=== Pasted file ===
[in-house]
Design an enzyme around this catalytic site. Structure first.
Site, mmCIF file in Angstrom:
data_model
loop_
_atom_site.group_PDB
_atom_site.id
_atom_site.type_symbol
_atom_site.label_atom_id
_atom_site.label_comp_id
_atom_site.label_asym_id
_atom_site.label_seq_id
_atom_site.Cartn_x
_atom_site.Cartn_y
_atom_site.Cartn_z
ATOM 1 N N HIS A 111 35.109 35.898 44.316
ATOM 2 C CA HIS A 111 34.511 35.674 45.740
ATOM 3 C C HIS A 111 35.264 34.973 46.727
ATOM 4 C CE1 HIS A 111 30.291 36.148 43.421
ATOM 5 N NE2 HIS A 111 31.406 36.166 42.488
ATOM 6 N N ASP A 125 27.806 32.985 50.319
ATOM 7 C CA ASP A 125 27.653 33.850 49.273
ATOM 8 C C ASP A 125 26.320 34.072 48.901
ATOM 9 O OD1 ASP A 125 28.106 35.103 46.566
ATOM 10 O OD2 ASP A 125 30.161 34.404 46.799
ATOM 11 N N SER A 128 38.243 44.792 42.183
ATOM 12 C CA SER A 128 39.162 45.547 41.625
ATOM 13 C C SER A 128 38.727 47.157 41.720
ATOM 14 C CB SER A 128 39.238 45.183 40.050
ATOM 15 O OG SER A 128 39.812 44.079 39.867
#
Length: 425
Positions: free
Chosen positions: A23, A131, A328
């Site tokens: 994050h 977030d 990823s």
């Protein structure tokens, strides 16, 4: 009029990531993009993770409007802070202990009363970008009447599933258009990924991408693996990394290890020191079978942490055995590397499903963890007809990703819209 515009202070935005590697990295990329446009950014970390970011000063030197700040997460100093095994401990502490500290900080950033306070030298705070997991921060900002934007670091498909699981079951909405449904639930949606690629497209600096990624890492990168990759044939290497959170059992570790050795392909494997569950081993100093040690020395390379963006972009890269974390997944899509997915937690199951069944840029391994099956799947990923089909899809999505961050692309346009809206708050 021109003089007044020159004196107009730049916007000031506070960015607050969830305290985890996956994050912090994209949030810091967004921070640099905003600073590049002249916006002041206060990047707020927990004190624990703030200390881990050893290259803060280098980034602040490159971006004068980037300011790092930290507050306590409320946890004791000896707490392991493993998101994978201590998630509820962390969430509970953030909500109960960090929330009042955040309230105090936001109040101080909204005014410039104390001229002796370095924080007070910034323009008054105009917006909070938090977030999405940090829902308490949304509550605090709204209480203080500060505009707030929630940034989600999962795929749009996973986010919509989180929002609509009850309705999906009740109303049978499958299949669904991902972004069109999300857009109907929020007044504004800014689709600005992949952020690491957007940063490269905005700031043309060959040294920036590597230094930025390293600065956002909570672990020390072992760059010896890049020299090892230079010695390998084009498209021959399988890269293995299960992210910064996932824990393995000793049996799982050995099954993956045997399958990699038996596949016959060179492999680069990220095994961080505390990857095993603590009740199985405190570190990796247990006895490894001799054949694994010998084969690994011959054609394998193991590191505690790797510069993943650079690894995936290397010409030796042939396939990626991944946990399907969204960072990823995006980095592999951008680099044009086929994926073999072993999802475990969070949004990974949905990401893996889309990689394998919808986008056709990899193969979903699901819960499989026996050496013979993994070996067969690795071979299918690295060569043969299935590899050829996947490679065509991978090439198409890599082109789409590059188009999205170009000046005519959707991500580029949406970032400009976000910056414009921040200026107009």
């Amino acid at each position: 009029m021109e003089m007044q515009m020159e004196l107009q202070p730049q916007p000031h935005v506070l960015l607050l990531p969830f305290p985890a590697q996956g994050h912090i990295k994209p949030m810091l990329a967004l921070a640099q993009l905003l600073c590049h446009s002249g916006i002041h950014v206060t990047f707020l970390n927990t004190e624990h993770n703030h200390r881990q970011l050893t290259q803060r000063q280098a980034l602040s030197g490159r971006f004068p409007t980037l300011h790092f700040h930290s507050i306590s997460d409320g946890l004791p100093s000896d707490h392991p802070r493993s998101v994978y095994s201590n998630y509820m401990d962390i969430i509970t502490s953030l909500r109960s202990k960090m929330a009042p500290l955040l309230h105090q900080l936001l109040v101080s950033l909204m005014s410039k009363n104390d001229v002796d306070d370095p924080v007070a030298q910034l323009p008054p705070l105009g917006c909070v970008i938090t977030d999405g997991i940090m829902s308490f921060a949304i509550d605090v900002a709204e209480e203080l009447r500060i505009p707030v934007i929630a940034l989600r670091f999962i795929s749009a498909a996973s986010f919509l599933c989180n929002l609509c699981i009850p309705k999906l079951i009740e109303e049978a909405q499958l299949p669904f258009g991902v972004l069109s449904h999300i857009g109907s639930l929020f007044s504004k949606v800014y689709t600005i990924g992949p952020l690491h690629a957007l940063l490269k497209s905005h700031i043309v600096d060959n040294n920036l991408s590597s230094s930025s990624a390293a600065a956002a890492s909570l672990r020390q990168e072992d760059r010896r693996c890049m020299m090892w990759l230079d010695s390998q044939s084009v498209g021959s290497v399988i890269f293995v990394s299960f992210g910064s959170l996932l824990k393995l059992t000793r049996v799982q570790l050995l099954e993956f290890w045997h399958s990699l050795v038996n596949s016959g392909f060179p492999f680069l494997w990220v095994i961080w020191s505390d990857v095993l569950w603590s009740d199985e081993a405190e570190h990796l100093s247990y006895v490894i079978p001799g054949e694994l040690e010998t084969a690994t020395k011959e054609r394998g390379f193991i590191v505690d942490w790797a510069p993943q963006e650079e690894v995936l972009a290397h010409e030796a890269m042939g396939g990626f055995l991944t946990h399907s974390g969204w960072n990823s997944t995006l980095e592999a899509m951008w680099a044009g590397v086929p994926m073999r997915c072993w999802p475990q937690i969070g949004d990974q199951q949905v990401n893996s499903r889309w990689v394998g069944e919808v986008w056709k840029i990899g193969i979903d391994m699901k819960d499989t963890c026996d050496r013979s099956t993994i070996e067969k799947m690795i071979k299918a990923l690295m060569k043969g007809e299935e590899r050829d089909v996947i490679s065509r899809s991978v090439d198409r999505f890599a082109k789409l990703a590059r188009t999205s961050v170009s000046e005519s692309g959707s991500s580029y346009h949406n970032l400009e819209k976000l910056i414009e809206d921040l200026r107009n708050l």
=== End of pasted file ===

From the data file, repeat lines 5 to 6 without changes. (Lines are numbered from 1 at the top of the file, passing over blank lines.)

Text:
loop_
_atom_site.group_PDB